Breastfeeding after a Breast Lift: What You Need to Know
Breast surgeries are a common component of Mommy Makeover procedures, understandably so. Pregnancy alone changes the body in numerous ways. Adding months of breastfeeding after childbirth may result in dramatic deflation and sagging once the body has returned to hormonal balance and normal weight. For the woman who wants to regain a sense of satisfaction with her breasts, mastopexy may be an excellent option.
What is a Breast Lift?
Often, when women consider how they can improve the way they feel about their breasts, it is augmentation with breast implants that comes to mind. There is value in this approach, but it is also critical for women to obtain care from a board-certified plastic surgeon who understands how tissue laxity may affect the outcome of breast augmentation. When the tissue and skin across the breasts has been stretched and tugged for months, a precision breast lift may be needed to adequately restore shape.
Breast lift surgery revolves around repositioning tissue and the nipple by excising stretched-out skin through one of a few incision options. By removing excess skin, the natural breast is held in a firmer envelop of tissue. This makes the breasts appear fuller and rounder. Most importantly, the breast sit appropriately on the chest wall and the nipples project forward rather than downward.
Is it possible to breastfeed after having a breast lift?
This is a question many of our patients ask and a very important one. In most cases of breast lift, like breast augmentation, it is possible to breastfeed after surgery. However, there are factors that must be discussed.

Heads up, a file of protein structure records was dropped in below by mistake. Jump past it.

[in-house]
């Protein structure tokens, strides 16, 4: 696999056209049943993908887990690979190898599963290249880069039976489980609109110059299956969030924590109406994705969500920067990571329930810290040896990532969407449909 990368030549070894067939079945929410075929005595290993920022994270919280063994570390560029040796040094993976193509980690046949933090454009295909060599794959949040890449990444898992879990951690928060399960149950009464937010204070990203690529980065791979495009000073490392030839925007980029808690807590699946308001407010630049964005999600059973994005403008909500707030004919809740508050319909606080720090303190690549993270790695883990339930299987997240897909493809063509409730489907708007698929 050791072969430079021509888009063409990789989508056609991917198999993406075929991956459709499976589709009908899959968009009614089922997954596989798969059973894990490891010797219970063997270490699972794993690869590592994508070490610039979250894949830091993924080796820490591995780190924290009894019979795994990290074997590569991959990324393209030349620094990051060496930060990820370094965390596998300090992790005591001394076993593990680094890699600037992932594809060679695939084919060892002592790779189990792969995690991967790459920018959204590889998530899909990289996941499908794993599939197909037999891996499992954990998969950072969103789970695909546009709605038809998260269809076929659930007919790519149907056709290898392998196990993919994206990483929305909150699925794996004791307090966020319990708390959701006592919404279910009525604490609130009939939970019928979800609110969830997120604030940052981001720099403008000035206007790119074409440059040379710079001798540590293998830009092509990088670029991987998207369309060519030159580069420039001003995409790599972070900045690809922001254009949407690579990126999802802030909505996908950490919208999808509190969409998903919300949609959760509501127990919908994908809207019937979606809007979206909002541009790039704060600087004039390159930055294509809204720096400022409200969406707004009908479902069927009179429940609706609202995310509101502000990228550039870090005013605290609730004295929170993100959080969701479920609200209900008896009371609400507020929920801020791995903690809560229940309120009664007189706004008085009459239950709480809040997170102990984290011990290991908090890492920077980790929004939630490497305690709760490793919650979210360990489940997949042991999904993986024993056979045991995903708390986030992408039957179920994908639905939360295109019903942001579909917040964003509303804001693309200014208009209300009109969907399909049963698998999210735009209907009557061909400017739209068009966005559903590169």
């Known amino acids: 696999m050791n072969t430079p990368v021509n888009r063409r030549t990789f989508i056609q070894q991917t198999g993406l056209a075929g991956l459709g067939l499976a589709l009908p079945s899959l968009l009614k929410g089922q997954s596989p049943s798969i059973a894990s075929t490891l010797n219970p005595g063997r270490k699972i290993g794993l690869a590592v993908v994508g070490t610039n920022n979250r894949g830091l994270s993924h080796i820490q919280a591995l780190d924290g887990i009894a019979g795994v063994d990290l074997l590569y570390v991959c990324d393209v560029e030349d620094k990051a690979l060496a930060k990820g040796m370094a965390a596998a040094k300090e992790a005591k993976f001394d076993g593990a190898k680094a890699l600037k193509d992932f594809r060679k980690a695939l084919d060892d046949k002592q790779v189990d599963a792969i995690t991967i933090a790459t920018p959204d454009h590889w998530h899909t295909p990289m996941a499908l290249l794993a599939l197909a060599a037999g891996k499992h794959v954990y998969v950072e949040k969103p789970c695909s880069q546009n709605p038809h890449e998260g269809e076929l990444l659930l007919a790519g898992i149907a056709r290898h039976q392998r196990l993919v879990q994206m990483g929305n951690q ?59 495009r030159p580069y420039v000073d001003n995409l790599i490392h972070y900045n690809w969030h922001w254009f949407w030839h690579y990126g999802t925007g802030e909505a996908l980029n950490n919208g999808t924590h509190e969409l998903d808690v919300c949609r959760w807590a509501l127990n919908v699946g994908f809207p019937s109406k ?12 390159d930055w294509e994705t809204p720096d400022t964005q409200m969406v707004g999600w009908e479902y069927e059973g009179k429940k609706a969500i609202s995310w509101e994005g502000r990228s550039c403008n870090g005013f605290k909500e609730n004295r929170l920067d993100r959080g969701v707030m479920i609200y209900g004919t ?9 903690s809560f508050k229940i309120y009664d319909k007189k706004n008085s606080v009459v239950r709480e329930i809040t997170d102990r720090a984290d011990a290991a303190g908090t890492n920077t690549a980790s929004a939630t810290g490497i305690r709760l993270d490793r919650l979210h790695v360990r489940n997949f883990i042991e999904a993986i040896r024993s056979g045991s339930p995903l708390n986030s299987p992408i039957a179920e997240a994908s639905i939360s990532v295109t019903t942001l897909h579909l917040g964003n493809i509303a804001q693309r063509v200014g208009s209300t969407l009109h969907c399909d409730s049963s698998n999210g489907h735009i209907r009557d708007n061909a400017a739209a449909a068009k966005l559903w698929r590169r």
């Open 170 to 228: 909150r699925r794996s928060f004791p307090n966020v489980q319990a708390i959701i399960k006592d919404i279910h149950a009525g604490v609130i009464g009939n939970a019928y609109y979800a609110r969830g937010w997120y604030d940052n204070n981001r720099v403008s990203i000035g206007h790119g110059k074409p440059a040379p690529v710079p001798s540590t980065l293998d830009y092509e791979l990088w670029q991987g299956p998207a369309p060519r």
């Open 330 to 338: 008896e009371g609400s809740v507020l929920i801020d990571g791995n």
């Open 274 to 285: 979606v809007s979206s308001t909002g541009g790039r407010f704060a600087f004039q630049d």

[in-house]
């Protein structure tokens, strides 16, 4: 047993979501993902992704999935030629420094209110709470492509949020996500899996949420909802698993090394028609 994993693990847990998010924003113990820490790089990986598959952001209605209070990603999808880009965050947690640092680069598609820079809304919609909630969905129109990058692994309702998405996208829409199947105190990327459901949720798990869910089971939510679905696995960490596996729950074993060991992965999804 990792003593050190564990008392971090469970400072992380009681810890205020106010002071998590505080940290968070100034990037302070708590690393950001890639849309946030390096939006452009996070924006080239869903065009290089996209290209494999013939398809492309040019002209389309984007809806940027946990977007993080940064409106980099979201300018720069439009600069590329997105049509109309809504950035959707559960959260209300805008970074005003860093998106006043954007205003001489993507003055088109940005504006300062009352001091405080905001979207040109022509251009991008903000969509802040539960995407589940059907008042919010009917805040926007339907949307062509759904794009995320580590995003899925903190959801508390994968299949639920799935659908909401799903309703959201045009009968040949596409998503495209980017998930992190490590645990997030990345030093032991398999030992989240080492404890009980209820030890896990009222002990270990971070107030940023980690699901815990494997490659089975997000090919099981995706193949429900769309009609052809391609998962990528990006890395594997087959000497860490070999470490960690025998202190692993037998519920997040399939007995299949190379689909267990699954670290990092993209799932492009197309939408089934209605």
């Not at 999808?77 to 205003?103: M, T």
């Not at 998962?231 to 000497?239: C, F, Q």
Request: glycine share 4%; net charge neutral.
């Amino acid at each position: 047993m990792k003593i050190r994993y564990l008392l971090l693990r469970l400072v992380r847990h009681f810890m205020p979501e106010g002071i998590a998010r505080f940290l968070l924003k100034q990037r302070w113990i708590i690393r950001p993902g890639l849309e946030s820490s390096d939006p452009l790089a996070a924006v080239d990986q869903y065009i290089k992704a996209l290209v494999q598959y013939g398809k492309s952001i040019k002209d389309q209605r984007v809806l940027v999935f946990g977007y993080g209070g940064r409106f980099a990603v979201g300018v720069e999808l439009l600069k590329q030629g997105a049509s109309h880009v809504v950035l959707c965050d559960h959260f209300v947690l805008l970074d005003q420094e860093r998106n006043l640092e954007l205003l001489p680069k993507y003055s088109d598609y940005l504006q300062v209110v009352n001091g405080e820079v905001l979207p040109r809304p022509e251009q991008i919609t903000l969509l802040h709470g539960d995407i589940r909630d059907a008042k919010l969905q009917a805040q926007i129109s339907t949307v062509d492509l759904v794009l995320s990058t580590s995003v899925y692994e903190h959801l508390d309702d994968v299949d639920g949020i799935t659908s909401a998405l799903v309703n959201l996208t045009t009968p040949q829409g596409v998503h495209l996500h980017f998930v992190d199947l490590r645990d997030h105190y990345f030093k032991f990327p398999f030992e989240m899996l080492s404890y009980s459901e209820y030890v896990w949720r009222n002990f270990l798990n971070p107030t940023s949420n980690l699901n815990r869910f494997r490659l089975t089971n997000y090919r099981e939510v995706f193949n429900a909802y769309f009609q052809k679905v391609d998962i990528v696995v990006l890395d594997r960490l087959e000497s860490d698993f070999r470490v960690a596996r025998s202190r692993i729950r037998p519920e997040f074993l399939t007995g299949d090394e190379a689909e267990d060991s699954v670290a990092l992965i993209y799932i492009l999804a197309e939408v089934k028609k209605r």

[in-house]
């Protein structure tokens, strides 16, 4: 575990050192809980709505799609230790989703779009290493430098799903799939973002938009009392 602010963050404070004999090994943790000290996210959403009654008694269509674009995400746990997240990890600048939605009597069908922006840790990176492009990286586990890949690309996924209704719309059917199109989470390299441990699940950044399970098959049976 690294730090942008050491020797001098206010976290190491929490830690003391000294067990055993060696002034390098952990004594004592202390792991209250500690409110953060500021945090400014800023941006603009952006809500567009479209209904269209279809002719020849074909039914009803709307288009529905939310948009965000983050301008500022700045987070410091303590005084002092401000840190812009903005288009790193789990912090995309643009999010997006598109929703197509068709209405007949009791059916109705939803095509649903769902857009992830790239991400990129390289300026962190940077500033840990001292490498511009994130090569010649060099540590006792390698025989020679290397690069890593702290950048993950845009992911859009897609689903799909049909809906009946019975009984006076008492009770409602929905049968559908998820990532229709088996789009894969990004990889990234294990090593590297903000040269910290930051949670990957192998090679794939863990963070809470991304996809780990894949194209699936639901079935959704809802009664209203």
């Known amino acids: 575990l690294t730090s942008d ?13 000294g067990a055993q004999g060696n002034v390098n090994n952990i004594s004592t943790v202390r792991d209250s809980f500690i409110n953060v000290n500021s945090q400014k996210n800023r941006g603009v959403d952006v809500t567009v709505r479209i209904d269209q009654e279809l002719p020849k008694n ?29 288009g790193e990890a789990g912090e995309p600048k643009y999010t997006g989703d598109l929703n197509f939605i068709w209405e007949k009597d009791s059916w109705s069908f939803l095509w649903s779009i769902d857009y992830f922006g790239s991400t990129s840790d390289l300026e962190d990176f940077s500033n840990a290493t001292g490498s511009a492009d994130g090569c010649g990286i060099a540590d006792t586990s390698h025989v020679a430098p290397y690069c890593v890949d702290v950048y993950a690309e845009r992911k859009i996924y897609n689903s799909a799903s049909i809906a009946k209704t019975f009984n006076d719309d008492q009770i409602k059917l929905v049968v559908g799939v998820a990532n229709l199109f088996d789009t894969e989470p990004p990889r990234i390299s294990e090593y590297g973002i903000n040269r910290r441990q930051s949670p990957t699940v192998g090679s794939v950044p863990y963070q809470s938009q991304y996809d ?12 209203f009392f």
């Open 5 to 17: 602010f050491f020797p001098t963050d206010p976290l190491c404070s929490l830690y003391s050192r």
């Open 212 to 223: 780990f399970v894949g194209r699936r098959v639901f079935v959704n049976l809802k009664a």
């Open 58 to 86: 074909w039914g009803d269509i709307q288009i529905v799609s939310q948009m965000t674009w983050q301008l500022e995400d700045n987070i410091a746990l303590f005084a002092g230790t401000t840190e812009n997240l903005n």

Milk Duct Function
There are numerous milk ducts in the breasts there is a likelihood that at least a few will be disrupted during a breast procedure. Therefore, it is possible that breastfeeding after a breast lift will feel different than it did if a woman has breastfed prior to her surgery. Disruption to any number of milk ducts could mean diminished function, resulting in decreased milk supply.
Incisions made around the nipple are necessary for proper repositioning during surgery. However, there is no way to make incisions here without affecting nerve endings to superficial tissue. After a breast procedure, a woman’s nipple sensation may be diminished. This could have a significant impact on breastfeeding because, without adequate nipple sensation, the milk ducts do not receive the neurohormonal reflex necessary for milk production.
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